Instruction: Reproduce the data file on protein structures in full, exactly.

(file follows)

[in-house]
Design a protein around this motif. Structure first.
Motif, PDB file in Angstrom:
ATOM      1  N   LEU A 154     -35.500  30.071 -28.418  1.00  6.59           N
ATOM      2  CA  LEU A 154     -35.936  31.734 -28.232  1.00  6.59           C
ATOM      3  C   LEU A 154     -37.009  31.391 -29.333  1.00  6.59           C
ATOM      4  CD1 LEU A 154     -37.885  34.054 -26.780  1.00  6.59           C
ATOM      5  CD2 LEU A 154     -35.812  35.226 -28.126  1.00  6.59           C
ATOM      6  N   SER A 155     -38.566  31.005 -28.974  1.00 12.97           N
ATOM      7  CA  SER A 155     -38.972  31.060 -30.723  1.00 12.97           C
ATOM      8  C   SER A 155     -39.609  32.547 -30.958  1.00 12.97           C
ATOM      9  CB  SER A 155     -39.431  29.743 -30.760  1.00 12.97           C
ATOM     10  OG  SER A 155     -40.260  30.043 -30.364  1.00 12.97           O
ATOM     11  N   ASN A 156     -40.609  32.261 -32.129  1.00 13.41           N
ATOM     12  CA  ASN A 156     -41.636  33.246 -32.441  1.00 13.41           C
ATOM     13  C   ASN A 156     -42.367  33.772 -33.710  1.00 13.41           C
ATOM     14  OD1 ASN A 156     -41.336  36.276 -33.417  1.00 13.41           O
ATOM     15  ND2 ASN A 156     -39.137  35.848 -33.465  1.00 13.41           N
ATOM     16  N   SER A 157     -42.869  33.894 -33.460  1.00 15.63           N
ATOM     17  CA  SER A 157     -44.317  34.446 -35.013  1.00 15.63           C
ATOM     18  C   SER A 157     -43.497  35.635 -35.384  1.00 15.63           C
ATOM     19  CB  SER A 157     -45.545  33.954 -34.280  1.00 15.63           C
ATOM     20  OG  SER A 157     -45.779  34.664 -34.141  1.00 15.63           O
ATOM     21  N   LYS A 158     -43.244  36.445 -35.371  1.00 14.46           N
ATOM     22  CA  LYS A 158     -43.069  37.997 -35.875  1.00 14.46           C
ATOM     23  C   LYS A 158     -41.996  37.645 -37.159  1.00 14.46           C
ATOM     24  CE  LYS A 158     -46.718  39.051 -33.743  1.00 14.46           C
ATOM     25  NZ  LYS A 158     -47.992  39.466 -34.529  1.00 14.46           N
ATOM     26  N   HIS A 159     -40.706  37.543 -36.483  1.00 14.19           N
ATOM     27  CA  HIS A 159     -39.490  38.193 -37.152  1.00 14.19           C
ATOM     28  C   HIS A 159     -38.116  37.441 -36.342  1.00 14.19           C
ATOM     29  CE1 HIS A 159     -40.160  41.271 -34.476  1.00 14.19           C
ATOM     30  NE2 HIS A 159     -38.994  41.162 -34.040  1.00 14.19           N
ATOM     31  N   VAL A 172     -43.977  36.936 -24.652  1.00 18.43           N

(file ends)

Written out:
[in-house]
Design a protein around this motif. Structure first.
Motif, PDB file in Angstrom:
ATOM      1  N   LEU A 154     -35.500  30.071 -28.418  1.00  6.59           N
ATOM      2  CA  LEU A 154     -35.936  31.734 -28.232  1.00  6.59           C
ATOM      3  C   LEU A 154     -37.009  31.391 -29.333  1.00  6.59           C
ATOM      4  CD1 LEU A 154     -37.885  34.054 -26.780  1.00  6.59           C
ATOM      5  CD2 LEU A 154     -35.812  35.226 -28.126  1.00  6.59           C
ATOM      6  N   SER A 155     -38.566  31.005 -28.974  1.00 12.97           N
ATOM      7  CA  SER A 155     -38.972  31.060 -30.723  1.00 12.97           C
ATOM      8  C   SER A 155     -39.609  32.547 -30.958  1.00 12.97           C
ATOM      9  CB  SER A 155     -39.431  29.743 -30.760  1.00 12.97           C
ATOM     10  OG  SER A 155     -40.260  30.043 -30.364  1.00 12.97           O
ATOM     11  N   ASN A 156     -40.609  32.261 -32.129  1.00 13.41           N
ATOM     12  CA  ASN A 156     -41.636  33.246 -32.441  1.00 13.41           C
ATOM     13  C   ASN A 156     -42.367  33.772 -33.710  1.00 13.41           C
ATOM     14  OD1 ASN A 156     -41.336  36.276 -33.417  1.00 13.41           O
ATOM     15  ND2 ASN A 156     -39.137  35.848 -33.465  1.00 13.41           N
ATOM     16  N   SER A 157     -42.869  33.894 -33.460  1.00 15.63           N
ATOM     17  CA  SER A 157     -44.317  34.446 -35.013  1.00 15.63           C
ATOM     18  C   SER A 157     -43.497  35.635 -35.384  1.00 15.63           C
ATOM     19  CB  SER A 157     -45.545  33.954 -34.280  1.00 15.63           C
ATOM     20  OG  SER A 157     -45.779  34.664 -34.141  1.00 15.63           O
ATOM     21  N   LYS A 158     -43.244  36.445 -35.371  1.00 14.46           N
ATOM     22  CA  LYS A 158     -43.069  37.997 -35.875  1.00 14.46           C
ATOM     23  C   LYS A 158     -41.996  37.645 -37.159  1.00 14.46           C
ATOM     24  CE  LYS A 158     -46.718  39.051 -33.743  1.00 14.46           C
ATOM     25  NZ  LYS A 158     -47.992  39.466 -34.529  1.00 14.46           N
ATOM     26  N   HIS A 159     -40.706  37.543 -36.483  1.00 14.19           N
ATOM     27  CA  HIS A 159     -39.490  38.193 -37.152  1.00 14.19           C
ATOM     28  C   HIS A 159     -38.116  37.441 -36.342  1.00 14.19           C
ATOM     29  CE1 HIS A 159     -40.160  41.271 -34.476  1.00 14.19           C
ATOM     30  NE2 HIS A 159     -38.994  41.162 -34.040  1.00 14.19           N
ATOM     31  N   VAL A 172     -43.977  36.936 -24.652  1.00 18.43           N